The gender imbalance in STEM needs to remain high on the government's agenda
Breaking stereotypes The proportion of women in engineering has remained static since 2008: only seven per cent of engineers are female. The lack of women in engineering is a very significant problem, contributing to skills shortages which damage the economy.
Institution of Engineering and Technology (IET)
It also means that women are missing out on interesting and rewarding career opportunities. STEM industries must be proactive in encouraging more women into the sectors. There are some good examples of companies who show creative ways of reaching out to women with their job adverts and flexible working patterns, and the results have been very positive. There are excellent young women who need to be convinced by industry that they can have a rewarding career in the STEM sectors.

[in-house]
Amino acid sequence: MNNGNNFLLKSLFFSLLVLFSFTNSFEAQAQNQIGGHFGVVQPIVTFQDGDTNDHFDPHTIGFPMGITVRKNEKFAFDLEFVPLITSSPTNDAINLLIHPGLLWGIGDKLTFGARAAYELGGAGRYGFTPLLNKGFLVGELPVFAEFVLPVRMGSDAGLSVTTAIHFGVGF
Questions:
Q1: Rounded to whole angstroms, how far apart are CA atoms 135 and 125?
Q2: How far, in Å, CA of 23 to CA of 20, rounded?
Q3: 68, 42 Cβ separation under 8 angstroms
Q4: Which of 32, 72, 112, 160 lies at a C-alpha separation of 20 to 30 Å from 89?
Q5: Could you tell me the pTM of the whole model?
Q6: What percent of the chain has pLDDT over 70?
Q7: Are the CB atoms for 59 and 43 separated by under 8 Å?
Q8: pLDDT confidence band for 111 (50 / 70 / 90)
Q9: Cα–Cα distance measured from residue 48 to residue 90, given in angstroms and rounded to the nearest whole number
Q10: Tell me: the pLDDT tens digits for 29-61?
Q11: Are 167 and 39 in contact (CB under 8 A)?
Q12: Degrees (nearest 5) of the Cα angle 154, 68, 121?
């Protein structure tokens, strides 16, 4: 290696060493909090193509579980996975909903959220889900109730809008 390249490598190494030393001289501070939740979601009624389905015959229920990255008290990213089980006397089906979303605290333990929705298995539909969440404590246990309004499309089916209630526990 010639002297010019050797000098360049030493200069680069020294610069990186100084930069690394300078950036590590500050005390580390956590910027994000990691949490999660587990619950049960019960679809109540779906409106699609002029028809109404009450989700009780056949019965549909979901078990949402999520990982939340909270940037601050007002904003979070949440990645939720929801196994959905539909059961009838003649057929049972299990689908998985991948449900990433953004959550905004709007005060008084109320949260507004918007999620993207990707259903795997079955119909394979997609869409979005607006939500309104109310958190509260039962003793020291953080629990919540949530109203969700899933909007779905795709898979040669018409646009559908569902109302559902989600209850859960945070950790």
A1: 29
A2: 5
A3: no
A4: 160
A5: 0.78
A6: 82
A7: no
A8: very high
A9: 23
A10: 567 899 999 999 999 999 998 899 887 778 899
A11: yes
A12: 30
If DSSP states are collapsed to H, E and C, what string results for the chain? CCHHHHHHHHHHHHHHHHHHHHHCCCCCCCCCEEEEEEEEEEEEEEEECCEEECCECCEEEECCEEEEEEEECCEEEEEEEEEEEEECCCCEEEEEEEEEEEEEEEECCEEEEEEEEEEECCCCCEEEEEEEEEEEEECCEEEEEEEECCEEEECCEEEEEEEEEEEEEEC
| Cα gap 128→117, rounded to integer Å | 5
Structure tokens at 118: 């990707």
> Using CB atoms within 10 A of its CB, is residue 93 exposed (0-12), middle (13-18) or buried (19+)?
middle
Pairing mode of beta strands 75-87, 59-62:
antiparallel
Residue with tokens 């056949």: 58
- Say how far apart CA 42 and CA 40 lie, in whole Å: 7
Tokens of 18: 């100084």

The IET annual Skills Survey shows that engineering employers often struggle to recruit high quality engineers, so reaching out to the massively under-represented female workforce is a simple way to start addressing this challenge.
The challenge may be great, but with an emphasis on raising awareness, recognising talent and promoting key ambassadors in these fields, it will be possible to dispel this stigma and provide inspiration to females for years to come.
At the IET we will continue to work towards the end goal, and encourage others to play their role. In particular, we will insist that the gender imbalance in engineering remains high on the government’s agenda.